Blowing in the wind: Maine’s energy past and future

Blowing in the wind: Maine’s energy past and future

Posted March 30, 2012, at 12:58 p.m.
Last modified March 30, 2012, at 9:18 p.m.
Print this   E-mail this    Facebook this   Tweet this   
An aerial photo, taken March 18, 2012, of First Wind's 60 megawatt, 200 wind turbine Rollins Wind project, 8 miles east of Lincoln.
Photo courtesy of R.W. Estela
An aerial photo, taken March 18, 2012, of First Wind's 60 megawatt, 200 wind turbine Rollins Wind project, 8 miles east of Lincoln.

The nearly 400-foot-tall turbines atop Mars Hill Mountain had been spinning for several months when, on March 27, 2007, the facility quietly marked a historic moment in Maine’s energy history by selling electricity into the power grid.

The Mars Hill project formally opened the door in Maine to a renewable energy industry that had been discussed for decades but, prior to that day, had never amounted to more than talk.

Five years later, Maine is the largest source of wind energy in New England. The 205 commercial wind turbines spinning on Maine mountaintops, ridgelines and coastal islands are rated to produce enough juice to light more than 6 million 60-watt bulbs.

But like most growth spurts, Maine’s rush into wind energy has not been pain-free.

Lawsuits, regulatory challenges and financial problems have slowed or snuffed out numerous projects. Alarmed by stories told by turbine neighbors elsewhere, voters in towns across Mainehave banned commercial wind power near their homes.

Federal subsidies that fueled wind power’s dramatic national expansion are at risk of expiring amid the changing political environment in Washington, D.C. And in Augusta, the LePage administration wants lawmakers to revisit key policies written by their decidedly pro-wind predecessors — starting with dropping the state’s optimistic but symbolic goal of generating 2,000 megawatts from wind power by 2015. Turbines already installed in Maine can produce nearly 400 megawatts when operating at maximum capacity.

“Looking back five years, I think we all knew that [goal] was aggressive but we didn’t know if it was attainable,” said Ken Fletcher, director of the LePage administration’s Office of Energy Independence and Security. “We now have five years of experience so we think it is time to have the Legislature do a look-back at where we are, where we are going and what’s ahead.”

A $1 billion industry

Despite the rapid development of the industry during the past half-decade, wind energy represented just 6.6 percent of the total electricity generated in Maine in January 2012, according to figures from the U.S. Energy Information Administration. Hydropower, by comparison, accounted for 25 percent of Maine’s total electricity generation.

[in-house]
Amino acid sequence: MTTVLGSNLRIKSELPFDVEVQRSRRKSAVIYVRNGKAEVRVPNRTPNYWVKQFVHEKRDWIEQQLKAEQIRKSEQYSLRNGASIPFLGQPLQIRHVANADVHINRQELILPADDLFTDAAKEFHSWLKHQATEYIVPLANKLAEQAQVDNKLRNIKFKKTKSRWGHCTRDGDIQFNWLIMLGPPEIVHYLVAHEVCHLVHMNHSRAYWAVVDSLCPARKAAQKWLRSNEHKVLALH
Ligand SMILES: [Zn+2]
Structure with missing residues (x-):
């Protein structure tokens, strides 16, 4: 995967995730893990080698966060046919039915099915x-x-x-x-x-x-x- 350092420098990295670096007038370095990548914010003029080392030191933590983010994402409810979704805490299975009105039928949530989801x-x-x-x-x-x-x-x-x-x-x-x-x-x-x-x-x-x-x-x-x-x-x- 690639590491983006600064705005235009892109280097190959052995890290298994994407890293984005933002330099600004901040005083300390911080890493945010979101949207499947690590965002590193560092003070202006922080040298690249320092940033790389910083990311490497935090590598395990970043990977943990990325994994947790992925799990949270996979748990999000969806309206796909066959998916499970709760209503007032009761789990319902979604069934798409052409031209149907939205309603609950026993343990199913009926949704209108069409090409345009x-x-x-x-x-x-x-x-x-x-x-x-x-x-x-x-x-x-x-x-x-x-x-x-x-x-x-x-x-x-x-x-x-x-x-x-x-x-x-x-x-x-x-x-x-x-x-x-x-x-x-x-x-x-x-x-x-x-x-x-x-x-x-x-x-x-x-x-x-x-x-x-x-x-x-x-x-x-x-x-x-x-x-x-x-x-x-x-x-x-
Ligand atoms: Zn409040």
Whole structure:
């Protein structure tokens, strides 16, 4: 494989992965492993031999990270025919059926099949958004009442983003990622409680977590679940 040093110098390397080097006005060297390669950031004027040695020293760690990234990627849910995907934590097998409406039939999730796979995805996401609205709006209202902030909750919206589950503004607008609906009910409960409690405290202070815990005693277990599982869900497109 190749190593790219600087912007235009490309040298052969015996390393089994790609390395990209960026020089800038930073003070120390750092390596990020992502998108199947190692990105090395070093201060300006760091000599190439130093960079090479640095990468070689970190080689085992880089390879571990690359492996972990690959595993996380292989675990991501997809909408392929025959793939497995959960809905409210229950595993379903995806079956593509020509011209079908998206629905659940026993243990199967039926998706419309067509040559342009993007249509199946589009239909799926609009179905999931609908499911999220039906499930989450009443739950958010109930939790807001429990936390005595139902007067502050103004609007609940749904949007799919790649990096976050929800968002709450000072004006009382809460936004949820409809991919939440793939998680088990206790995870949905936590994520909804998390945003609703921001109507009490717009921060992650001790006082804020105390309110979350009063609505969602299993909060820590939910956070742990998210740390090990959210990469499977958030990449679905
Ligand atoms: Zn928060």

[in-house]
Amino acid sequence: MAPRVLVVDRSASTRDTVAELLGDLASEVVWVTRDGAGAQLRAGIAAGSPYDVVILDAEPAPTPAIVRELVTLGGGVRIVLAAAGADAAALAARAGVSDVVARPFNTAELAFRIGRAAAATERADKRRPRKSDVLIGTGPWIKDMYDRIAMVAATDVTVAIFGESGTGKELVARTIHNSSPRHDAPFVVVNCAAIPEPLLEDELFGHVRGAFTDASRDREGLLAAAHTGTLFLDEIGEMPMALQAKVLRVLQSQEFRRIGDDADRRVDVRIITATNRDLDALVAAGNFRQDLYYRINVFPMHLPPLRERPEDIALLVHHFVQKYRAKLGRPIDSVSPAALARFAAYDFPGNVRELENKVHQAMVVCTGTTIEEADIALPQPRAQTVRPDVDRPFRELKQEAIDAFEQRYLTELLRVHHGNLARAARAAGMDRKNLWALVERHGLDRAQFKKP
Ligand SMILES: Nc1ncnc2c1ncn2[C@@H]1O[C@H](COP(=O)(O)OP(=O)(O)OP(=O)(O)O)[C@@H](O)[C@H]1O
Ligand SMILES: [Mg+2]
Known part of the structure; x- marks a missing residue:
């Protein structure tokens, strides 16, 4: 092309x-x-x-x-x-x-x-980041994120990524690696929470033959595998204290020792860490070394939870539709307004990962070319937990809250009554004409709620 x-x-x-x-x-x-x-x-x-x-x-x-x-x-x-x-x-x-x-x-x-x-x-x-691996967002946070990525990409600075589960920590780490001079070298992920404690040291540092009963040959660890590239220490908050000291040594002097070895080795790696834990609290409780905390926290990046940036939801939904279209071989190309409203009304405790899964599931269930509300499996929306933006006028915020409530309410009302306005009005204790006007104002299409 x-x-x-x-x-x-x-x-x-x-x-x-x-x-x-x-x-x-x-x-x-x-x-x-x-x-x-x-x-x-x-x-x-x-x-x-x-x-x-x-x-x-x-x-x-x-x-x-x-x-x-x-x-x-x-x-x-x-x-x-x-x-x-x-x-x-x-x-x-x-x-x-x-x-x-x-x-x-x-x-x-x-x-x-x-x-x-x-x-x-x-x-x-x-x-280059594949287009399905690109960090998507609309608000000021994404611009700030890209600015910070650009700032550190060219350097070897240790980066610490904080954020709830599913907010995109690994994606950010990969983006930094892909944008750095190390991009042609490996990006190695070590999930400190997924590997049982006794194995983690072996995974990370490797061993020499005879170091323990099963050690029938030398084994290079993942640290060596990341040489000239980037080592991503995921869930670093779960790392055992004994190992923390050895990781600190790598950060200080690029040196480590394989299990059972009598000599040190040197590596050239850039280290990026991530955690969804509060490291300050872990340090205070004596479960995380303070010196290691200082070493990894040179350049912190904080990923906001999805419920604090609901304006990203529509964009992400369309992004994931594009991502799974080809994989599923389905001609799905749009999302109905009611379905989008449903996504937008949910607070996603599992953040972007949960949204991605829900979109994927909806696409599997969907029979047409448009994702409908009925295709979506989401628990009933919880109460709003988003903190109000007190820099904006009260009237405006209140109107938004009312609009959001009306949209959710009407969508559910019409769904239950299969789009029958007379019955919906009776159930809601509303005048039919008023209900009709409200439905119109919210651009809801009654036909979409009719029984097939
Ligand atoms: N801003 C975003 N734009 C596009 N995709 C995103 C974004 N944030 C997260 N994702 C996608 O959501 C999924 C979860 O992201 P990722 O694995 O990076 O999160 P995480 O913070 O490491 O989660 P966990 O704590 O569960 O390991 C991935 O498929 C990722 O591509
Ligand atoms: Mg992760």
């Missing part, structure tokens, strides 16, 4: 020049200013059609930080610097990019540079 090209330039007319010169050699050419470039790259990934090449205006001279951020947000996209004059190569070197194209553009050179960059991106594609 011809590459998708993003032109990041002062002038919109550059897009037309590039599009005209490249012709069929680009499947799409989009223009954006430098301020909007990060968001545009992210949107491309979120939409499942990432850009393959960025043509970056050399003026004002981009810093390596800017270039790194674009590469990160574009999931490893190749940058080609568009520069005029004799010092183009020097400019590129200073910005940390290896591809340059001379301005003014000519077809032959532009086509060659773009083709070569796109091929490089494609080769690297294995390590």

Nationally, Maine’s wind farms generated less than 1 percent of the nation’s total wind energy production in January 2012. Production of wind power in Maine increased by roughly 59 percent between January 2011 and January 2012, roughly equal to the national average.

Yet Maine’s wind power sector has grown from almost nothing a decade ago into one that has funneled more than $1 billion and created thousands of jobs, according to an industry group, much of that during an economic downturn. And industry representatives insist Maine is poised not only to remain as New England’s top source for sought-after wind energy but potentially tobecome an international leader in the arena of offshore wind produc.... A 2010 survey found that 88 percent of Mainers support wind power in the state.

“That is an enormous investment that these companies are making in Maine and, quite frankly, in Maine people,” said Jeremy Payne, executive director of the Maine Renewable Energy Association, an industry trade group. “And it is important to recognize that a lot of these jobs are happening in rural parts of the state where there often aren’t a lot of job opportunities.”

Rural and economically challenged aptly describes Mars Hill, an Aroostook County town located about 15 miles south of Presque Isle on the Maine-Canada border. The 28 turbines operated by First Wind — New England’s largest wind power company — sit atop a 1,700-foot-tall mountain that dominates the horizon and, in winter, is a popular ski destination for locals.

The Mars Hill project may have paved the way for future wind farms but it also left a legacy that continues to haunt the industry in Maine.

Noise problems persist

Although the project has enjoyed strong support from Mars Hill officials and many town residents, some neighbors of the 28-turbine project were expressing concerns about the turbines as soon as they began spinning.